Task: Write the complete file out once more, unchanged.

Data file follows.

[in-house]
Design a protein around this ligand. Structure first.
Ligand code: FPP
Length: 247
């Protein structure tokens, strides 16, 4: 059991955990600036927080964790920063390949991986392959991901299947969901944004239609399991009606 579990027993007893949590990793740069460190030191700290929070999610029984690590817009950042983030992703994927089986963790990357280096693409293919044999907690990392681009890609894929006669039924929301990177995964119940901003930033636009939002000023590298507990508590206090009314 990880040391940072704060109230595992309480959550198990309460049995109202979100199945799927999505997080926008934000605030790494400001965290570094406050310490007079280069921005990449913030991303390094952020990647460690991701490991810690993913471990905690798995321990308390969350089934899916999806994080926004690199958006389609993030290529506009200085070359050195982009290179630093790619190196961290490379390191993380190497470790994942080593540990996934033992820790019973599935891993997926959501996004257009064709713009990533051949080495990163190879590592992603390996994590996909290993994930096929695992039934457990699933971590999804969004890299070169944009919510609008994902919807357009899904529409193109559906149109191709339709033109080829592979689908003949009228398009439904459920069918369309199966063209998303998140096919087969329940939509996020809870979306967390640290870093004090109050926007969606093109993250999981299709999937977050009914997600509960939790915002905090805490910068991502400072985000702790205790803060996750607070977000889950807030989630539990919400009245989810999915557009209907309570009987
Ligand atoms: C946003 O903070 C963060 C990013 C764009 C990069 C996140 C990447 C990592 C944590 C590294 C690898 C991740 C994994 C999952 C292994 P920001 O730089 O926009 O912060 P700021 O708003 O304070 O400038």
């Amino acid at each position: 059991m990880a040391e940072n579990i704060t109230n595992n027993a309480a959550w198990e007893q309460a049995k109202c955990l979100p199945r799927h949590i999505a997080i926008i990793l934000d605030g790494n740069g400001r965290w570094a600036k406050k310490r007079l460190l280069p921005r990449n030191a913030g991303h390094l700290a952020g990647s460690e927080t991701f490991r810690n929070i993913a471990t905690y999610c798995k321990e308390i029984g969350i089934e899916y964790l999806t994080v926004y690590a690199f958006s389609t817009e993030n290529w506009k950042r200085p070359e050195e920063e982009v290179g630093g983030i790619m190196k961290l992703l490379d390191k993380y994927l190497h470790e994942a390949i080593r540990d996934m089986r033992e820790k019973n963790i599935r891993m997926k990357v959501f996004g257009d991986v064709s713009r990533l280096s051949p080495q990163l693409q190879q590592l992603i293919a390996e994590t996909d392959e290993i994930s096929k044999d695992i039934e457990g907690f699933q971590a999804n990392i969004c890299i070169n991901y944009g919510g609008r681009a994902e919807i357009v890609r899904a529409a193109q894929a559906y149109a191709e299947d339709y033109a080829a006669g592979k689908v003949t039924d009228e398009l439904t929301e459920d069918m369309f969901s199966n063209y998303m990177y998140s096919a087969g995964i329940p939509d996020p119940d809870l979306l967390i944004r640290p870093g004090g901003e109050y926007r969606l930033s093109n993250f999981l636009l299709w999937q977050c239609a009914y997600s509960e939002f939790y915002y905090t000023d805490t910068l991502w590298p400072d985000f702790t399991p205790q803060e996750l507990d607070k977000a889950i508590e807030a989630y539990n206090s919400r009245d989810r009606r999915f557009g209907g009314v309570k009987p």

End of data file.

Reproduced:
[in-house]
Design a protein around this ligand. Structure first.
Ligand code: FPP
Length: 247
């Protein structure tokens, strides 16, 4: 059991955990600036927080964790920063390949991986392959991901299947969901944004239609399991009606 579990027993007893949590990793740069460190030191700290929070999610029984690590817009950042983030992703994927089986963790990357280096693409293919044999907690990392681009890609894929006669039924929301990177995964119940901003930033636009939002000023590298507990508590206090009314 990880040391940072704060109230595992309480959550198990309460049995109202979100199945799927999505997080926008934000605030790494400001965290570094406050310490007079280069921005990449913030991303390094952020990647460690991701490991810690993913471990905690798995321990308390969350089934899916999806994080926004690199958006389609993030290529506009200085070359050195982009290179630093790619190196961290490379390191993380190497470790994942080593540990996934033992820790019973599935891993997926959501996004257009064709713009990533051949080495990163190879590592992603390996994590996909290993994930096929695992039934457990699933971590999804969004890299070169944009919510609008994902919807357009899904529409193109559906149109191709339709033109080829592979689908003949009228398009439904459920069918369309199966063209998303998140096919087969329940939509996020809870979306967390640290870093004090109050926007969606093109993250999981299709999937977050009914997600509960939790915002905090805490910068991502400072985000702790205790803060996750607070977000889950807030989630539990919400009245989810999915557009209907309570009987
Ligand atoms: C946003 O903070 C963060 C990013 C764009 C990069 C996140 C990447 C990592 C944590 C590294 C690898 C991740 C994994 C999952 C292994 P920001 O730089 O926009 O912060 P700021 O708003 O304070 O400038």
């Amino acid at each position: 059991m990880a040391e940072n579990i704060t109230n595992n027993a309480a959550w198990e007893q309460a049995k109202c955990l979100p199945r799927h949590i999505a997080i926008i990793l934000d605030g790494n740069g400001r965290w570094a600036k406050k310490r007079l460190l280069p921005r990449n030191a913030g991303h390094l700290a952020g990647s460690e927080t991701f490991r810690n929070i993913a471990t905690y999610c798995k321990e308390i029984g969350i089934e899916y964790l999806t994080v926004y690590a690199f958006s389609t817009e993030n290529w506009k950042r200085p070359e050195e920063e982009v290179g630093g983030i790619m190196k961290l992703l490379d390191k993380y994927l190497h470790e994942a390949i080593r540990d996934m089986r033992e820790k019973n963790i599935r891993m997926k990357v959501f996004g257009d991986v064709s713009r990533l280096s051949p080495q990163l693409q190879q590592l992603i293919a390996e994590t996909d392959e290993i994930s096929k044999d695992i039934e457990g907690f699933q971590a999804n990392i969004c890299i070169n991901y944009g919510g609008r681009a994902e919807i357009v890609r899904a529409a193109q894929a559906y149109a191709e299947d339709y033109a080829a006669g592979k689908v003949t039924d009228e398009l439904t929301e459920d069918m369309f969901s199966n063209y998303m990177y998140s096919a087969g995964i329940p939509d996020p119940d809870l979306l967390i944004r640290p870093g004090g901003e109050y926007r969606l930033s093109n993250f999981l636009l299709w999937q977050c239609a009914y997600s509960e939002f939790y915002y905090t000023d805490t910068l991502w590298p400072d985000f702790t399991p205790q803060e996750l507990d607070k977000a889950i508590e807030a989630y539990n206090s919400r009245d989810r009606r999915f557009g209907g009314v309570k009987p």